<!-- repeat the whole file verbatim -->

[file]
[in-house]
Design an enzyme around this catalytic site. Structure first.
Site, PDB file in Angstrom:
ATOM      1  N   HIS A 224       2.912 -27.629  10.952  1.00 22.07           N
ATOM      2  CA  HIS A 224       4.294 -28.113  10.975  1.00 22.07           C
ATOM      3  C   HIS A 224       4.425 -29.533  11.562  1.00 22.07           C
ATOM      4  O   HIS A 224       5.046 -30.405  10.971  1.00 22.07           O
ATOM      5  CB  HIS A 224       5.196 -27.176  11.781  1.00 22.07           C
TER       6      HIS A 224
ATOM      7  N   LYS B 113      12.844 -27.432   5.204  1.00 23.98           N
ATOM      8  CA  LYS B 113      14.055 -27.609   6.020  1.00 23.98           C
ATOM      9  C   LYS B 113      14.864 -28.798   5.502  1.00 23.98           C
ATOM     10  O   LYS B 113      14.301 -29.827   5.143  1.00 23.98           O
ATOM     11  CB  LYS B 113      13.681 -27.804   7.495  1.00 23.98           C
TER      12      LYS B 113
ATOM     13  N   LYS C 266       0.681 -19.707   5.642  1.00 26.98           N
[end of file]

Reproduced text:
[in-house]
Design an enzyme around this catalytic site. Structure first.
Site, PDB file in Angstrom:
ATOM      1  N   HIS A 224       2.912 -27.629  10.952  1.00 22.07           N
ATOM      2  CA  HIS A 224       4.294 -28.113  10.975  1.00 22.07           C
ATOM      3  C   HIS A 224       4.425 -29.533  11.562  1.00 22.07           C
ATOM      4  O   HIS A 224       5.046 -30.405  10.971  1.00 22.07           O
ATOM      5  CB  HIS A 224       5.196 -27.176  11.781  1.00 22.07           C
TER       6      HIS A 224
ATOM      7  N   LYS B 113      12.844 -27.432   5.204  1.00 23.98           N
ATOM      8  CA  LYS B 113      14.055 -27.609   6.020  1.00 23.98           C
ATOM      9  C   LYS B 113      14.864 -28.798   5.502  1.00 23.98           C
ATOM     10  O   LYS B 113      14.301 -29.827   5.143  1.00 23.98           O
ATOM     11  CB  LYS B 113      13.681 -27.804   7.495  1.00 23.98           C
TER      12      LYS B 113
ATOM     13  N   LYS C 266       0.681 -19.707   5.642  1.00 26.98           N